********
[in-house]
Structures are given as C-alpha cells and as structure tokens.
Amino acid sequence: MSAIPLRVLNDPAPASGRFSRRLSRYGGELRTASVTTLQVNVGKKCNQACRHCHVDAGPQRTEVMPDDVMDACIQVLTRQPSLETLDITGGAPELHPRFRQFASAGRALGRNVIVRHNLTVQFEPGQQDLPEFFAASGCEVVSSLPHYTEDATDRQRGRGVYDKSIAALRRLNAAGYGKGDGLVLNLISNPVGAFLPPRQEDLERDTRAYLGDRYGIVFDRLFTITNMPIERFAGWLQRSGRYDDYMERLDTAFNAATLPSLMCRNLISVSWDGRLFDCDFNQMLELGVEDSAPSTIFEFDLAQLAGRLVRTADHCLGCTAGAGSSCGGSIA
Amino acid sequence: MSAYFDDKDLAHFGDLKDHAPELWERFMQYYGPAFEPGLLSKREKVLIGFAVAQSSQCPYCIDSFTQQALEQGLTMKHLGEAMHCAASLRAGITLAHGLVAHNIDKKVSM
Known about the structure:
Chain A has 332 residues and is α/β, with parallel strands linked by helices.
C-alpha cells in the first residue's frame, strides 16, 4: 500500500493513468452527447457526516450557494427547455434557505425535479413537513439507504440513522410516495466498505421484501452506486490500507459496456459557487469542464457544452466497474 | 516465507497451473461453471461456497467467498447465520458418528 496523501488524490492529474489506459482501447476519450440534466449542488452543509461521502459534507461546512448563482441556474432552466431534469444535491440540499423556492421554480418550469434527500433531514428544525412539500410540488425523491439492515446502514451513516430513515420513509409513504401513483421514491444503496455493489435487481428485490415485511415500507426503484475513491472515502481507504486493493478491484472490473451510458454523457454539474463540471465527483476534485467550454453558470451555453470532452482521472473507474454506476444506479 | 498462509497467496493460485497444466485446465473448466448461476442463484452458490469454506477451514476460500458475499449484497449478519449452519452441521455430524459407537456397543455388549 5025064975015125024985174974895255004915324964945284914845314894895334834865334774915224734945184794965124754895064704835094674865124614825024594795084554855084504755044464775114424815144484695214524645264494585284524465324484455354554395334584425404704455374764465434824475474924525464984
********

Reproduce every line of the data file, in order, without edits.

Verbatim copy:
[in-house]
Structures are given as C-alpha cells and as structure tokens.
Amino acid sequence: MSAIPLRVLNDPAPASGRFSRRLSRYGGELRTASVTTLQVNVGKKCNQACRHCHVDAGPQRTEVMPDDVMDACIQVLTRQPSLETLDITGGAPELHPRFRQFASAGRALGRNVIVRHNLTVQFEPGQQDLPEFFAASGCEVVSSLPHYTEDATDRQRGRGVYDKSIAALRRLNAAGYGKGDGLVLNLISNPVGAFLPPRQEDLERDTRAYLGDRYGIVFDRLFTITNMPIERFAGWLQRSGRYDDYMERLDTAFNAATLPSLMCRNLISVSWDGRLFDCDFNQMLELGVEDSAPSTIFEFDLAQLAGRLVRTADHCLGCTAGAGSSCGGSIA
Amino acid sequence: MSAYFDDKDLAHFGDLKDHAPELWERFMQYYGPAFEPGLLSKREKVLIGFAVAQSSQCPYCIDSFTQQALEQGLTMKHLGEAMHCAASLRAGITLAHGLVAHNIDKKVSM
Known about the structure:
Chain A has 332 residues and is α/β, with parallel strands linked by helices.
C-alpha cells in the first residue's frame, strides 16, 4: 500500500493513468452527447457526516450557494427547455434557505425535479413537513439507504440513522410516495466498505421484501452506486490500507459496456459557487469542464457544452466497474 | 516465507497451473461453471461456497467467498447465520458418528 496523501488524490492529474489506459482501447476519450440534466449542488452543509461521502459534507461546512448563482441556474432552466431534469444535491440540499423556492421554480418550469434527500433531514428544525412539500410540488425523491439492515446502514451513516430513515420513509409513504401513483421514491444503496455493489435487481428485490415485511415500507426503484475513491472515502481507504486493493478491484472490473451510458454523457454539474463540471465527483476534485467550454453558470451555453470532452482521472473507474454506476444506479 | 498462509497467496493460485497444466485446465473448466448461476442463484452458490469454506477451514476460500458475499449484497449478519449452519452441521455430524459407537456397543455388549 5025064975015125024985174974895255004915324964945284914845314894895334834865334774915224734945184794965124754895064704835094674865124614825024594795084554855084504755044464775114424815144484695214524645264494585284524465324484455354554395334584425404704455374764465434824475474924525464984